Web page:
Review:'Fall, The' 'Live At St. Helens Technical College, '81'
- Label: 'Castle Face Records'
- Genre: 'Punk/New Wave'
- Release Date: '19th February 2021'
So what’s your favourite era of The Fall? Everyone has one, and while a fair few would say that the later years were perhaps patchy but produced some criminally underrated additions to the canon, few would dispute output of the early years as being pretty special.
Between 1978 and 1983, the band produced a body of work that is unlike any other, not only in terms of its remarkable volume, but the pace of progress, taking that scratchy lo-fi shambolism to the next level of art, expanding the lineup to incorporate two drummers while Mark E Smith’s lyrical work evolved exponentially, as he became a master of the semi-abstract, quasi cut-up that would ultimately become his trademark.
Despite their sound being raw and ragged, The Fall were always big on live albums from the start, with ‘Totale’s Turns’ appearing in May 1980 after the release of only two studio albums, and the absolutely killer ‘A Part of America Therein, 1981’ released -the following year and paired with the CD release of the classic ‘Slates’ EP. This particular recording was exhumed by marc Riley, who recognised it as a classic recording of the era, and so in turn passed it to John Dwyer, singer of Osees and head of the Castle Face label.
‘Live At St. Helens Technical College, ‘81’ is contemporaneous to ‘A Part of America’, but whereas ‘A Part of America’ selects the best cuts from a selection of shows and sequences them for home listening, this is a closer representation of a full set, and with the ‘Slates’ EP having been released in the spring of ’81, it’s prominent in the set list, with five of the six tracks featured here.
The set opens with a suitably jagged, squawking ‘An Older Lover’. The rendition of ‘Slates, Slags, etc,’ is storming, and is The Fall at their repetitious, motoric best, as they batter away relentlessly for over six and a half minutes, although ‘Middle Mass’ ain’t bad either, and is played as well as you’ll find it anywhere.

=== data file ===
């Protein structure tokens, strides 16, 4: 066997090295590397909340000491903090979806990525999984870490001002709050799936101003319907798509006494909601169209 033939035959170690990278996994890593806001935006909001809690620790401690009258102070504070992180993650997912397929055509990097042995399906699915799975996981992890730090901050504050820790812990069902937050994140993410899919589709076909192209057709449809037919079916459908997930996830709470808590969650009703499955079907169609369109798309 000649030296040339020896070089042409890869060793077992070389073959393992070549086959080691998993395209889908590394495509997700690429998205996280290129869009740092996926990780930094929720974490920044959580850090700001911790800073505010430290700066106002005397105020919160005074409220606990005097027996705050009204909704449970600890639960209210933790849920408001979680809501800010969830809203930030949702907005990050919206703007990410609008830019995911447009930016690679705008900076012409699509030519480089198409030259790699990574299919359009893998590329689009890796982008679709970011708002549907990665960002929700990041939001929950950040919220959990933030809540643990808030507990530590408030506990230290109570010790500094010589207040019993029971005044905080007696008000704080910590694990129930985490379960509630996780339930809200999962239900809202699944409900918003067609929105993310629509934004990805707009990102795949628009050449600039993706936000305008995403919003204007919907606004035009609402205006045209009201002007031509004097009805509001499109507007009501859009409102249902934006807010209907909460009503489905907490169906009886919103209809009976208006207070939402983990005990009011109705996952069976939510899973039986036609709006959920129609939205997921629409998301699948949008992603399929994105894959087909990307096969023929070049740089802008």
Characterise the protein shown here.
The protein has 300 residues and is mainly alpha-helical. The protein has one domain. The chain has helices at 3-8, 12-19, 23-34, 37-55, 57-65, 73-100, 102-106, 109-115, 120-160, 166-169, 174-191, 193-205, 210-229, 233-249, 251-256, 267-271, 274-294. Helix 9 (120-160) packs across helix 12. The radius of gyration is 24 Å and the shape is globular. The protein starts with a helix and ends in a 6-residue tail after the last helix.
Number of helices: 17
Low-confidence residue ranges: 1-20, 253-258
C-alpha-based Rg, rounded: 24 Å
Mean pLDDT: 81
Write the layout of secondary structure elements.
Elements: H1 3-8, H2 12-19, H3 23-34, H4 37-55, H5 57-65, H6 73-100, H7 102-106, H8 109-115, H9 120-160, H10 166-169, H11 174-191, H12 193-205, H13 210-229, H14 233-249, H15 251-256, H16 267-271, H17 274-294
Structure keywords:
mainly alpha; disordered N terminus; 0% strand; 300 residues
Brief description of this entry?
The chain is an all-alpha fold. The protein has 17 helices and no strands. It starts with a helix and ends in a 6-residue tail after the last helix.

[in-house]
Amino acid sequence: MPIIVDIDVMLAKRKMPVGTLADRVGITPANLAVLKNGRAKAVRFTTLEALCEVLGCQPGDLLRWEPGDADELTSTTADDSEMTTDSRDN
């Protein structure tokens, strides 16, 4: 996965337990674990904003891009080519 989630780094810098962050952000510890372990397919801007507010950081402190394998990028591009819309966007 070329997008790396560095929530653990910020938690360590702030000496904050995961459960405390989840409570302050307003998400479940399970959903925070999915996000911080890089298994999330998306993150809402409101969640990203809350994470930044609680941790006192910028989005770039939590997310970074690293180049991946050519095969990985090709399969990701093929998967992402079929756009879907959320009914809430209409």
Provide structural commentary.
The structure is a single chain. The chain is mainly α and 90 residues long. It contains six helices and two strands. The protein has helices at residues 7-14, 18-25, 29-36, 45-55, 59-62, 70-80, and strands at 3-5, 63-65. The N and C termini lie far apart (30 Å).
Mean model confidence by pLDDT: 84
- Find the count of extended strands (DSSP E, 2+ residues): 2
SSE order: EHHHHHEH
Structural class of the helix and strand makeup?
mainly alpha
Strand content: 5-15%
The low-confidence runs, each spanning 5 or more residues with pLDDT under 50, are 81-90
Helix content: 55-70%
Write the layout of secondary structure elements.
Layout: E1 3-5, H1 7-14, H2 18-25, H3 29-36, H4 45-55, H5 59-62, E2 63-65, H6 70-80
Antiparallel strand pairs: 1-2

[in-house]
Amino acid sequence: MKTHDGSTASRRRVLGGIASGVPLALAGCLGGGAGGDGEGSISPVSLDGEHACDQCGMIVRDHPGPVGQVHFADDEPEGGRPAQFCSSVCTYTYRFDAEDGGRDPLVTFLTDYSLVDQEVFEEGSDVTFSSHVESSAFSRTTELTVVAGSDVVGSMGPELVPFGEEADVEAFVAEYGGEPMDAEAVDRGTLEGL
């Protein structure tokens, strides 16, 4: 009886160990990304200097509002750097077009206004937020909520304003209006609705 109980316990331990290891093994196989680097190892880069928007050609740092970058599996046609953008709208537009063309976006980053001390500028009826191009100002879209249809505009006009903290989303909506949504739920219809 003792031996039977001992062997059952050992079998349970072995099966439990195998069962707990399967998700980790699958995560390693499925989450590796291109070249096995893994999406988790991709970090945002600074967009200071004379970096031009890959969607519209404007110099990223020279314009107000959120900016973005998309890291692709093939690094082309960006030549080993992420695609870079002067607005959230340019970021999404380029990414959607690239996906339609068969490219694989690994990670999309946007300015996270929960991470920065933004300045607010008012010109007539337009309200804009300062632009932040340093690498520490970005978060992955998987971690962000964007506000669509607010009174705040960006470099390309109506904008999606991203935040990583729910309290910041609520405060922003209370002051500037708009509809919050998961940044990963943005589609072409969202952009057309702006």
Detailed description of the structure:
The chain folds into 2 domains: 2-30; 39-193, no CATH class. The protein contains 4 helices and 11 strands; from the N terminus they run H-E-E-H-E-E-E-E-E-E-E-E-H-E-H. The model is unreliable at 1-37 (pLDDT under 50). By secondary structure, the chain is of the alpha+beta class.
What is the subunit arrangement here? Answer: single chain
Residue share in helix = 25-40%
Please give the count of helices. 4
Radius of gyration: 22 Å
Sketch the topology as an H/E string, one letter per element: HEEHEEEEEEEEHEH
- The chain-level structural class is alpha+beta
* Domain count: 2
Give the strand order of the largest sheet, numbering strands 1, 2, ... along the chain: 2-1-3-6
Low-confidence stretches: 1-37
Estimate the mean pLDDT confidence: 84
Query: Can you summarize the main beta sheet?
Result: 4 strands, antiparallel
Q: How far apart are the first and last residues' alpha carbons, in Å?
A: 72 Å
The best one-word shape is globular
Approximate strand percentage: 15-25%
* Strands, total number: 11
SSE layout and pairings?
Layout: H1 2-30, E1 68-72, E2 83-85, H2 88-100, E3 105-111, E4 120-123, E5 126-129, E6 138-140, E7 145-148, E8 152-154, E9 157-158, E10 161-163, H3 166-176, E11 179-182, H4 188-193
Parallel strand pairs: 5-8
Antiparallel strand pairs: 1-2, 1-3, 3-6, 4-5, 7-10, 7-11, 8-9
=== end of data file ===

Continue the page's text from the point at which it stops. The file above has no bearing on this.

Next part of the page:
‘City Hobgoblins’, released as the flipside to 1980 7” ‘How I Wrote Elastic man’ is second, and of course it’s classic fall to play the B-side over the A-side – although since with this release, both sides are just as good as once another, it’s hard to feel short-changed.
The seven-and-a-half-minute ‘The NWRA’, one of two tracks lifted from the seminal ‘Grotesque’ is dense and finds the band at their wonky, ramshackle best as they plug into a repetitive riff and plug away at it forever. Counterpart ‘Fit and Working Again’ is a scratchy, frenetic scratchy riot, and followed immediately by a thumping rendition of ‘Muzoweri’s Daughter’ – which is a far crisper recording than the one on ‘Totale’s Turns’ – we get a snapshot of the span of The Fall at that time.
‘Rowche Rumble’ is another standout – and it’s not only furious but tight, revealing just how strong The Fall could be when they nailed that throbbing repetitive three-chord groove. Smith is at his save, sneering best, as he is throughout the set, and while there have been many, many official, semi-official and bootleg releases of the band (the strong of turn-of the millennium Ciog Sinister and Live From the Vaults releases being noteworthy for documenting the band’s early, raw sound).
If the incentive of the document itself isn’t enough, half of the proceeds from the new album are set to go to Centrepoint, a charity supporting homeless and vulnerably housed young people in London, Manchester and beyond. As if you need an incentive to dig in for some classic early Fall.